Post Number: 802
|Posted on Friday, November 10, 2017 - 12:12 am: || |
That should be - "the word death"
Post Number: 124
|Posted on Friday, November 10, 2017 - 7:57 am: || |
So a person spiritually dead in their sins is still able to do what is pleasing to God by using their "free will" to choose to believe in Jesus? (Romans 8:6-8)
Post Number: 1301
|Posted on Friday, November 10, 2017 - 12:26 pm: || |
Good question, Taluur. My answer is NO.
Post Number: 15543
|Posted on Saturday, November 11, 2017 - 8:00 pm: || |
This question is one of the unexplained mysteries in Scripture which we must hold in tension. I have often heard Gary Inrig say that if we try to figure out how to get rid of the tension, we lose the cross. God does ALL the work of salvation, and concurrently we are commanded to believe. These two things are both true.
I am convinced that in eternity, they are not at all in conflict. We just can't see how they "work" here. Ephesians 2:8-9 states that our faith is a gift from God. Ephesians 2:1-3 states that we are born dead in trespasses and sins, following the prince of this world who is in charge of the children of disobedience, by nature objects of wrath. Romans 3:8-15 quotes OT passages to say that no one seeks God, can please God, has any good in him, and that there is no good thing in any person.
We have to be brought to faith, but we simply cannot try to explain away any part of this apparent dichotomy. The Bible clearly teaches both: we are unable to seek God or to please Him, and we are to believe in Jesus. God alone can make this happen.
Gary Inrig explained that at Gethsemane, Jesus encountered the first time that his will was out of harmony with the Father's. He wrestled with submission to His Father for what He was about to do and begged for the cup to pass from Him if possible. Yet He trusted His Father and submitted.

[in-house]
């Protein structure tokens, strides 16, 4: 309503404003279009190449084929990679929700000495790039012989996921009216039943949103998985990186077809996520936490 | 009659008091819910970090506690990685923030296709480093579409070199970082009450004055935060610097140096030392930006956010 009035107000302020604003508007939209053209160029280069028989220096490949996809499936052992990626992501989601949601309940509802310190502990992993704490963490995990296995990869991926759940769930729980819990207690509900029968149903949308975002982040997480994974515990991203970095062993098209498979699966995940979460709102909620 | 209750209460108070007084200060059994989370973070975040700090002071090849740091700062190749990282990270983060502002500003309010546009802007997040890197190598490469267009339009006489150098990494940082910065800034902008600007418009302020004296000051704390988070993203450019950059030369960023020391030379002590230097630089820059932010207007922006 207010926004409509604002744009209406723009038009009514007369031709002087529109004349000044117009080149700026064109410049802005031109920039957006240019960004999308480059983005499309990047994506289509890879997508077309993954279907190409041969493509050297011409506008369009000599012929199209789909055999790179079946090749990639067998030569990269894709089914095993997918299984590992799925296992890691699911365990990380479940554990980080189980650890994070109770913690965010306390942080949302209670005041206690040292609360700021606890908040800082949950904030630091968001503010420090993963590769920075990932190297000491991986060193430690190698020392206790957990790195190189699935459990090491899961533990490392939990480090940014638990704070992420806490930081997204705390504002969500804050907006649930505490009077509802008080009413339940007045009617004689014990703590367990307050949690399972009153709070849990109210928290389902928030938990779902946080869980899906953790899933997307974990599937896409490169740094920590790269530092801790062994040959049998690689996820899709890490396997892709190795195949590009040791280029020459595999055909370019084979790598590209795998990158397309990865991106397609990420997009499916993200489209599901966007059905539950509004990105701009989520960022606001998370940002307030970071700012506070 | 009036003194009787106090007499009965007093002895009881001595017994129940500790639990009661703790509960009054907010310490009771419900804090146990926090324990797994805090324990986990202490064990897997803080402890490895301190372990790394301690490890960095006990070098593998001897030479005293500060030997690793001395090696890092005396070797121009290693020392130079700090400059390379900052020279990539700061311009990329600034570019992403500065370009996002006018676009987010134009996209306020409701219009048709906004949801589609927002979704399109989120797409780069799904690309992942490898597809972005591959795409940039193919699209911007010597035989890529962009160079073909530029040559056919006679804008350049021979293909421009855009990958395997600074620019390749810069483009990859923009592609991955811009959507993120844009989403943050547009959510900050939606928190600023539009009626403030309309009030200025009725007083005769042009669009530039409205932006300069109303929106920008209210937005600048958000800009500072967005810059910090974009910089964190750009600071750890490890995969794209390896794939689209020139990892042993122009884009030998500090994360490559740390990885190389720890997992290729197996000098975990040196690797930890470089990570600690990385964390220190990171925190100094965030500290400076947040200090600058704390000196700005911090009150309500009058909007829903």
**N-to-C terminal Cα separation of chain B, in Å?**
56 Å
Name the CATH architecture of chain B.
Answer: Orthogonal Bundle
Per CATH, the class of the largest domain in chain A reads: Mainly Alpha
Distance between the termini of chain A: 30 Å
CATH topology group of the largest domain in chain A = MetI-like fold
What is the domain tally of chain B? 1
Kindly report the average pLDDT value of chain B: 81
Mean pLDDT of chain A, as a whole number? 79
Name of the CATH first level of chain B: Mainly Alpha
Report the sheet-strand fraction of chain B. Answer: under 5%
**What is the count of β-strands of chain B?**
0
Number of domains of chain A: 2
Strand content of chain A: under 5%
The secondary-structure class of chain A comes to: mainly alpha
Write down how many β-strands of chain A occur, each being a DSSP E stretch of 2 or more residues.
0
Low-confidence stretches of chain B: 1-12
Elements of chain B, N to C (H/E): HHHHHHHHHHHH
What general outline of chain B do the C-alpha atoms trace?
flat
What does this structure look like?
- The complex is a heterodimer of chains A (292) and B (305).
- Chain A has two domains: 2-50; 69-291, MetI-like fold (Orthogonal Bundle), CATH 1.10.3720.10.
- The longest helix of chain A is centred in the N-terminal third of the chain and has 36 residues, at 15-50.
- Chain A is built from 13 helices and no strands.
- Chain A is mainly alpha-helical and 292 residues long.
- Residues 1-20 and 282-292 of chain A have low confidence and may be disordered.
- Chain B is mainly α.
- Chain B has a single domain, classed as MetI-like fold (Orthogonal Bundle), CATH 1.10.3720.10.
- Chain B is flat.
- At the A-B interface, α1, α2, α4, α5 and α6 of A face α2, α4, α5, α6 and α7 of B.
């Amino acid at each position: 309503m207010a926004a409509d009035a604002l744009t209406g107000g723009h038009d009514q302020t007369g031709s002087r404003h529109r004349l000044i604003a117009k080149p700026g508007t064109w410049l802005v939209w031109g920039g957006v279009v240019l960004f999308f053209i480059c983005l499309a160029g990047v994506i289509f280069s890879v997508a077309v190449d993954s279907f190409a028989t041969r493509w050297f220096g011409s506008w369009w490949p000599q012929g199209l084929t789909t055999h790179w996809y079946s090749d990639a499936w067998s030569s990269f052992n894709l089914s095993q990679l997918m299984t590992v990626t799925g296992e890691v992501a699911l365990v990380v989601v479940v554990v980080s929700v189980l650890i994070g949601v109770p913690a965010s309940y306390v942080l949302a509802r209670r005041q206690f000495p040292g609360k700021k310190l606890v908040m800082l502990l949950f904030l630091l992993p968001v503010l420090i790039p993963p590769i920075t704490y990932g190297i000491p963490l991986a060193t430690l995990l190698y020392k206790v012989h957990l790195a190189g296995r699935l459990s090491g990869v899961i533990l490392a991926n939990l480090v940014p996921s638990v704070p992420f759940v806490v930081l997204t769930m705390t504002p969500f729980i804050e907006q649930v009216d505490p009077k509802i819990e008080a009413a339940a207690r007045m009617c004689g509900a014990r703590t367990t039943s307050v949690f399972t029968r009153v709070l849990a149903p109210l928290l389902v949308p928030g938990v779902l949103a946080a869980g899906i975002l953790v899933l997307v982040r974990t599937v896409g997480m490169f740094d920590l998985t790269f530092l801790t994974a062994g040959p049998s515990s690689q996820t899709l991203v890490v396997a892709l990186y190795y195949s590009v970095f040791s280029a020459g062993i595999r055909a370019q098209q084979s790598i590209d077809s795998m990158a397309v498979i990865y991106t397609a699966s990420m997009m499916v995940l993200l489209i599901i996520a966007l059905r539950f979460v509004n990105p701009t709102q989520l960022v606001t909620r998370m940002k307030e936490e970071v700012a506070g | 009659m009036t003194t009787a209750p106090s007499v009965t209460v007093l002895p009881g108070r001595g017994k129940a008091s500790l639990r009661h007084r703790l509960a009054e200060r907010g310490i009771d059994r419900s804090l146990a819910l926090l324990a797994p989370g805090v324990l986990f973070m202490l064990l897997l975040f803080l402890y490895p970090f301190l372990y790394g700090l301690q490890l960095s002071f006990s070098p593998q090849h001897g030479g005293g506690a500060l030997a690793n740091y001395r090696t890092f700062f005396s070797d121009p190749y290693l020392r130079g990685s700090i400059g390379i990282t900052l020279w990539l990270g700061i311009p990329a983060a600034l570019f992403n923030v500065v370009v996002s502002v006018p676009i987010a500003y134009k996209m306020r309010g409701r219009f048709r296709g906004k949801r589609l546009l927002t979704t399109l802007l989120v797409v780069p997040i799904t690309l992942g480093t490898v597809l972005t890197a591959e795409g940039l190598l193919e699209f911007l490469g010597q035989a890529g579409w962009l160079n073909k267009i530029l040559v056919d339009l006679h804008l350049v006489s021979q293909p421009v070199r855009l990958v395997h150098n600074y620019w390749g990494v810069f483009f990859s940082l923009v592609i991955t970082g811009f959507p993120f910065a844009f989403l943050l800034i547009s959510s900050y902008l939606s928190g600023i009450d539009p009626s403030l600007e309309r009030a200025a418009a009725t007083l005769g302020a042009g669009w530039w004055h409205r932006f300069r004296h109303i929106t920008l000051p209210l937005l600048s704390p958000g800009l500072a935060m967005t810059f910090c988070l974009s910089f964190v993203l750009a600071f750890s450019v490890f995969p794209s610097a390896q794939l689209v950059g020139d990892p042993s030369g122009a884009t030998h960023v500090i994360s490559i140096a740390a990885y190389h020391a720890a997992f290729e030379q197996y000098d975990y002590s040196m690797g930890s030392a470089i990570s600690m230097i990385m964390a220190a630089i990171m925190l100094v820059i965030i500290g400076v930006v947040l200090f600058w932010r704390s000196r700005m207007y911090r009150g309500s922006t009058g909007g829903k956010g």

At the same time, the outcome was determined before the foundation of the earth. Nevertheless, in real physical time as a man, Jesus wrestled with wanting something different from what His Father's will was...but He submitted to it.
We can't explain away either the fact that Jesus' mission and the outcome of His work was a foregone conclusion, or that He had to face a deep struggle with accepting His Father's will. How is this possible? We don't know, but it happened.
Jesus was "made perfect through suffering", Hebrews 2 tells us. It was this struggle with His flesh in contrast with His Father's will where He suffered in a way we will never be called to suffer, but it was how He was perfected through suffering and perfected by obedience. The cross required Jesus to be the perfect HUMAN, not just the perfect GOD. He had to trust His Father completely and act based on His command and His word.
If we try to explain away this apparent dichotomy, we lose the cross.
Salvation is ALL of God. We do not contribute to it. At the same time, when we hear the gospel and see Jesus, we are commanded to believe. Believing is not a work; that faith is a gift from God. But it is something we are asked to do, just as Jesus was asked to go to the cross.
I can't explain it, but the Bible teaches that both are true.
Post Number: 1303
|Posted on Sunday, November 12, 2017 - 6:58 am: || |
Thanks for sharing these thoughts, Colleen.
What I want to avoid is taking any credit for something God does, which to me is the ultimate arrogance.
Col 2:23 in the KJV says:
"Which things have indeed a shew of wisdom in will worship, and humility, and neglecting of the body; not in any honour to the satisfying of the flesh."
I know this verse is referring to denying oneself physical things. However, the spirit of the verse is warning against spiritual arrogance ("will worship"), which is the ultimate pride.
All glory should go to God. I don't want to take even .1% of the glory for myself.
Gal 2:20 says, "I am crucified with Christ: nevertheless I live; yet ***NOT I***, but Christ liveth in me: and the life which I now live in the flesh I live by the faith ***OF*** the Son of God, who loved me, and gave himself for me."
It's ALL done by Christ.